by Derek Parker
The art of correspondence - real correspondence, involving pen and paper, possibly vellum - is sadly all but lost. But collections and selections of letters published in book form preserve some of the best examples of a bygone form of communication. DEREK PARKER unearths the pick.
What with the telephone, email, and now - God save the mark - texting, will anyone ever write letters again' We shall have lost a lot, if that is the case: The Collected Emails of Martin Amis or Selected Text Messages of Yann Martel may not carry the same resonance as The Collected Letters of Henry James. And apart from the media, there are other considerations - the letters of Horace Walpole occupy fifty volumes, in the famous Yale edition. Who has the time, these days, to write enough letters to fill fifty books'
Happily, if no one does ever write another letter, we have plenty to be going on with. Apart from Walpole, there are tens of thousands of letters from Bernard Shaw, eleven thousand or so from EM Forster, six huge volumes from Virginia Woolf, and even DH Lawrence, who died when he was in his forties, wrote enough letters to fill six plump volumes (some from Australia, 'a weird place ... it seems so old.')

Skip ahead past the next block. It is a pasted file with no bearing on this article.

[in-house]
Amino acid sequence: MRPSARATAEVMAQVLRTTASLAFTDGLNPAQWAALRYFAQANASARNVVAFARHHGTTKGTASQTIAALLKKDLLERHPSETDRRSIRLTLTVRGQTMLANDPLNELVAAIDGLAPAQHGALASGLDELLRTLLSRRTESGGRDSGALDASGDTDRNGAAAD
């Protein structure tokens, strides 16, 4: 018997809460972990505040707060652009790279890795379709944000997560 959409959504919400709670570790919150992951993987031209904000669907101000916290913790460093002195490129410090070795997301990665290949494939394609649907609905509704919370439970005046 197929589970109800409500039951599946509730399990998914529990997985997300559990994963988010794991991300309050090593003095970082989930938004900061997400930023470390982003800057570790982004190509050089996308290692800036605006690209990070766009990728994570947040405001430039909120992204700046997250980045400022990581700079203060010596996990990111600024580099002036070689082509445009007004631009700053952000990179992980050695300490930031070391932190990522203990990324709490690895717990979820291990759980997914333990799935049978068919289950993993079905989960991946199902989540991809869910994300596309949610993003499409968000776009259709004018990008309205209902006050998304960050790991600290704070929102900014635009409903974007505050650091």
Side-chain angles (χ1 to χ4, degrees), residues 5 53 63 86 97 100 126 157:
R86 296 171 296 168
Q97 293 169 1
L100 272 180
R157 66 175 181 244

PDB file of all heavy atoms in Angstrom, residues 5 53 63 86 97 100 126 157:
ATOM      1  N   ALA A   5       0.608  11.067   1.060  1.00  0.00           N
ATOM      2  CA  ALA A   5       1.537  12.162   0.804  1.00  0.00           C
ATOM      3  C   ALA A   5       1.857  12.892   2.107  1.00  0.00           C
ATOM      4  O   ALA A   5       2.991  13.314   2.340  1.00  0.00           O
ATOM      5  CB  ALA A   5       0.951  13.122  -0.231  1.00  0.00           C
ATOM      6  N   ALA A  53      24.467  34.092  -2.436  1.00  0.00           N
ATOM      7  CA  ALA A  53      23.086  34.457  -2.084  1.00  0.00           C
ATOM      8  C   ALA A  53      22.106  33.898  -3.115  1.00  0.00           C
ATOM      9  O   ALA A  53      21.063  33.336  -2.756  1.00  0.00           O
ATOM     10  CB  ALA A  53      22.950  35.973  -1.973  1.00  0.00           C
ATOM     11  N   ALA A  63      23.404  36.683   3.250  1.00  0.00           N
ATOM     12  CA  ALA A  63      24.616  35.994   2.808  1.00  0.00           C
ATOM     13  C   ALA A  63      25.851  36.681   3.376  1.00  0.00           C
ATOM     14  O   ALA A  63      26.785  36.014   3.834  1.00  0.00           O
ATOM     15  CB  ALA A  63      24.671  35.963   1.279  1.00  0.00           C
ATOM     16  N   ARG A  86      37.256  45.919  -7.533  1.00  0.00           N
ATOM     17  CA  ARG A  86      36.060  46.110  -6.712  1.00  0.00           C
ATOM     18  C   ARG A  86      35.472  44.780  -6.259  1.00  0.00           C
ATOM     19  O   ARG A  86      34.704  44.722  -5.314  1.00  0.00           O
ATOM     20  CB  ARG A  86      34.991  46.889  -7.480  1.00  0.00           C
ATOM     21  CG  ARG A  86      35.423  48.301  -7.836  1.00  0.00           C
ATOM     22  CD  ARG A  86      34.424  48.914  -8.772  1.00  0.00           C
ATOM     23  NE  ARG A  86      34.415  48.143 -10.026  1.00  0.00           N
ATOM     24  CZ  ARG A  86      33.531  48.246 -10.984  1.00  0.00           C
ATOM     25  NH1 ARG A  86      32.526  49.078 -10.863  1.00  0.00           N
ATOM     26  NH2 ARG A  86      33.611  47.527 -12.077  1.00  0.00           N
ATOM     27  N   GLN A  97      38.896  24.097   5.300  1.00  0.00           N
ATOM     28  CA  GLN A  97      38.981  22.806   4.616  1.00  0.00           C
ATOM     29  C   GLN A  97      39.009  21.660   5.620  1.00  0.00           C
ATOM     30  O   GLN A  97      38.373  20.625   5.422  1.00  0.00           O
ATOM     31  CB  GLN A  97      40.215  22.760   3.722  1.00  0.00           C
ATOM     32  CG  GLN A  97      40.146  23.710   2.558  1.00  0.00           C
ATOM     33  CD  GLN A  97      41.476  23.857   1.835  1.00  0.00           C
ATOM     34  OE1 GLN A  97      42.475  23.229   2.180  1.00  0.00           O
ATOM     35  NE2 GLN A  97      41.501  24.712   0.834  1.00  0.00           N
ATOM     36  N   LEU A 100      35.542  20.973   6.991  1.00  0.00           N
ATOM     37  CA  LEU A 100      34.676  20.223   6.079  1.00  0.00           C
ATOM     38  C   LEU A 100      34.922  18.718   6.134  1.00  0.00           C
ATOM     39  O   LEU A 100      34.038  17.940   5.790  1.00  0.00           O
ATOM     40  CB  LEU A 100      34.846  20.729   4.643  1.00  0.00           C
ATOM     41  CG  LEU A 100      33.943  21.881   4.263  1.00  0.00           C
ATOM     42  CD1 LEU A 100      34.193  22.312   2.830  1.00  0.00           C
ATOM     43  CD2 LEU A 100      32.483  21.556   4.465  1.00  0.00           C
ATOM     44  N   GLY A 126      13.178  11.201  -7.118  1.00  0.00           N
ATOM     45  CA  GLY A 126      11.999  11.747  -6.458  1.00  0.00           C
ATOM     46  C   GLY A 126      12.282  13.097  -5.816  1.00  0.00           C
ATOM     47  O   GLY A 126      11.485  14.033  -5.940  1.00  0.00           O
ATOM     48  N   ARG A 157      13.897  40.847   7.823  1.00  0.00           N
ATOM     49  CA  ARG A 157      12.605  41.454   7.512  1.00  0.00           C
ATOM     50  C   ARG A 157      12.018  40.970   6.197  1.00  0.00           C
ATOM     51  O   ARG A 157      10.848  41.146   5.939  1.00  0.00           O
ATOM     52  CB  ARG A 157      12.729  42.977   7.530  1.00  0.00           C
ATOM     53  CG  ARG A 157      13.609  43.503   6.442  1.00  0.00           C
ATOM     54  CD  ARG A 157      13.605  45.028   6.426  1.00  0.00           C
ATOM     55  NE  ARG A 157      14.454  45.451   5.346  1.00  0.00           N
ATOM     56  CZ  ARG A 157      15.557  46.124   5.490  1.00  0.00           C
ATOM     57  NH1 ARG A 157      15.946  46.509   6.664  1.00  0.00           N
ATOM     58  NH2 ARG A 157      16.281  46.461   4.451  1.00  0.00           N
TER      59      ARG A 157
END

But should we be reading letters at all? There was a lot of controversy when, not too long after his death, Keats's love letters to Fanny Brawne were published. They were so intimate, so pained and painful that to read them seemed an unforgivable intrusion into the grief of a dying man - even after his death. They are still among the most disturbing of all published letters: the dying young poet, desperately regretful that he had never made love to his beloved, expresses himself so keenly that the reader feels all his pain, and even after almost two centuries we wonder whether we should be reading them. Yet who would be without his letters about poetry, coming nearer than perhaps any other writing to explaining the mystery of artistic creation?
From the April, 2006 magazine.